Some cash balance plans have provided for interest rate credits greater than the GATT rate, which can result in the value of the discounted present value of that accrued benefit being greater than the hypothetical account balance at termination. Put simply, the hypothetical account balance grows at a higher rate than the rate at which it is being discounted. The following table and graph illustrate this "whipsaw" principle assuming only a.

    Not surprisingly, this "whipsaw" issue has been raised in three of the five cases litigated to date, i. In the Edsen case discussed in detail below, the district court approved use of a two-tier interest credit structure i. If the foregoing is followed, the IRS assumes that the approved rates do not exceed the GATT rates and deems that a plan has made a "reasonable good faith" interpretation of applicable law.

    The one case to date to consider Notice , Edsen v. Although no court has ruled on this issue yet, it appears highly likely that a court would defer to this IRS guidance in upholding a plan that followed the Notice "safe harbor" approach.

    Litigation Issues In Cash Balance Plans

    Fiduciary and Notice Issues 1. The first requires the fiduciary to provide "complete and accurate information" upon request: The trustee is under a duty to the beneficiary to give him upon his request at reasonable times complete and accurate information as to the nature and amount of the trust property. Courts have varied on how stringent, if any, of a "duty to inform" of "material information" they will impose.

    Communicating Differences in Benefits and "Wearaways" As noted earlier, one of the major criticisms leveled against cash balance plans is that they adversely affect older workers. The other major criticism is that employees are not told how their benefits are affected by a conversion to a cash balance plan, e.

    Under a fiduciary duty claim, "wearaways" and comparisons of benefits raise different issues. The duty to communicate "wearaways" is the stronger argument. The disclosure claim will be strengthened if, during the "wearaway" period, the employer provides the employee annual or projected benefit statements showing increases in the hypothetical account balance without disclosing the accrued benefit. The employee can argue this was a misrepresentation by asserting a "reasonable employee" would assume that this increase in account balance was an increase in pension benefits.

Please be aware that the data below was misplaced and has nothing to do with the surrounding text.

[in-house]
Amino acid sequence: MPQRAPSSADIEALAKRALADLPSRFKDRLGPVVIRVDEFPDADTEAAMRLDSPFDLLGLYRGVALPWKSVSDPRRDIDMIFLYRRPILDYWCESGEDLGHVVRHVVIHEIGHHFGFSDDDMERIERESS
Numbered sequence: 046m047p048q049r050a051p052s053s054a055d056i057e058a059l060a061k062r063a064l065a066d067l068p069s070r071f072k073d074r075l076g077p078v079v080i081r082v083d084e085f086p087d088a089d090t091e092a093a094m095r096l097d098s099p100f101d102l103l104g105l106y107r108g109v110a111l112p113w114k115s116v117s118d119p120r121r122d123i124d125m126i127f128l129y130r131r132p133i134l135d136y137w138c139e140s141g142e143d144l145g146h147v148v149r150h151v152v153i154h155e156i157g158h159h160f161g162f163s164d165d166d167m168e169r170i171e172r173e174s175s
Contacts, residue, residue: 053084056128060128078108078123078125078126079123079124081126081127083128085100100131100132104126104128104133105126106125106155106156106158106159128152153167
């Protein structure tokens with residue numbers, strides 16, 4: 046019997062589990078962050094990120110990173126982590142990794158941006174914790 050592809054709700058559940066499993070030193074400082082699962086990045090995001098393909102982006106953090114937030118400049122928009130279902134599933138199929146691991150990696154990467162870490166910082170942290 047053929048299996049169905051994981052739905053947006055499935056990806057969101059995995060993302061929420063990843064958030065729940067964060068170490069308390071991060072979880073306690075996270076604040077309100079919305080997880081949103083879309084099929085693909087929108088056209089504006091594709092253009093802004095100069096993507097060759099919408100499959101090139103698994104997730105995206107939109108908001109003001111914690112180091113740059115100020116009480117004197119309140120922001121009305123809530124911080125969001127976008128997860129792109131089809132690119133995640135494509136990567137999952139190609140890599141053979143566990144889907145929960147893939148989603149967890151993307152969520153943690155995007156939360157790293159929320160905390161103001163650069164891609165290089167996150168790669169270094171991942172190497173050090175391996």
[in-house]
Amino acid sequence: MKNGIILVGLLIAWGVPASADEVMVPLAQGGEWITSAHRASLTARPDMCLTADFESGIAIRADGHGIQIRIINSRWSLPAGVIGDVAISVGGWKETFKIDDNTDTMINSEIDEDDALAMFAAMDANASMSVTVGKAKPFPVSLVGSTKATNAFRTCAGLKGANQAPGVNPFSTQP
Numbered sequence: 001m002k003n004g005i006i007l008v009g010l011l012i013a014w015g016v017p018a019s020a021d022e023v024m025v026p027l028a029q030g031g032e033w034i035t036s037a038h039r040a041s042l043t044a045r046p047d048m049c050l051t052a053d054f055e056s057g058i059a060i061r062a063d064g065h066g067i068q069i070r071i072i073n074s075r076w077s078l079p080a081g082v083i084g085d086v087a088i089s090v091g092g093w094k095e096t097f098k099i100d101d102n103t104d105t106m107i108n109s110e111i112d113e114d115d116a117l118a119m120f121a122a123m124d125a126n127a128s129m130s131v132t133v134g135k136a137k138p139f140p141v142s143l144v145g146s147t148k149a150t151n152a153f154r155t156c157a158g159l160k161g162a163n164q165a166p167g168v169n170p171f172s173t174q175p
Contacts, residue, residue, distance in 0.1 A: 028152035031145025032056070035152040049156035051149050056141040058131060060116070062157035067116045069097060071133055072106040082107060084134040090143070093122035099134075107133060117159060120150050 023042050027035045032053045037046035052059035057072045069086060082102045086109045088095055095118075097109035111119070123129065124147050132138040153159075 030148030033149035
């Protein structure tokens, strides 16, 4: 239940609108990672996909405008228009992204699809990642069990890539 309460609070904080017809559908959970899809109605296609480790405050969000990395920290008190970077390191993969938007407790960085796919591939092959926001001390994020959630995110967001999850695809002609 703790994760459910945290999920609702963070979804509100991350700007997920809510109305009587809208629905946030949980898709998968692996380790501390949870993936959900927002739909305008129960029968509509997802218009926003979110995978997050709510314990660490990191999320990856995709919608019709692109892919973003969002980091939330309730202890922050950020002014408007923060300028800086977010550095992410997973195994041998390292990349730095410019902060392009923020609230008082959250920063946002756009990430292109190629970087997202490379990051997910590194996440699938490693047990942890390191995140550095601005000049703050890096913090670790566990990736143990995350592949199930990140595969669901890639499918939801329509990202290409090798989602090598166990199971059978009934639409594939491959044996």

If the court agrees, it will be far more likely to find a fiduciary breach. The same type of arguments can be made for general comparisons of benefits earned under the cash balance plan as opposed to what may have been earned had the old plan been kept in existence. This presumption is false under ERISA, as an employer has the right at any time to freeze or terminate accruals. Thus, the projection if shown would be zero. An argument can still be made that an employer would need to show what "would have happened" had the old plan stayed in effect, but it is a weak one given these facts. Logically, it is no different than projecting what "would have happened" had the employer turned into Santa Claus and dedicated all profits to employees' pensions. If there is doubt, the employer should nonetheless consider sending this notice, as the remedy for failure to comply with this notice requirement is draconian: The amendment is not effective and participants continue to accrue benefits at the pre-amended rates unless and until proper notice is sent.

    Thus, an employer is a "settlor," not a fiduciary, when designing and adopting a cash balance plan. Most plaintiffs will, however, be asserting in their complaint or in response to a motion to dismiss a claim for benefits and most courts will allow this asserted claim to suffice to provide standing. Courts are split on whether exhaustion is required when the claim for benefits is premised on alleged statutory violations instead of the plan terms.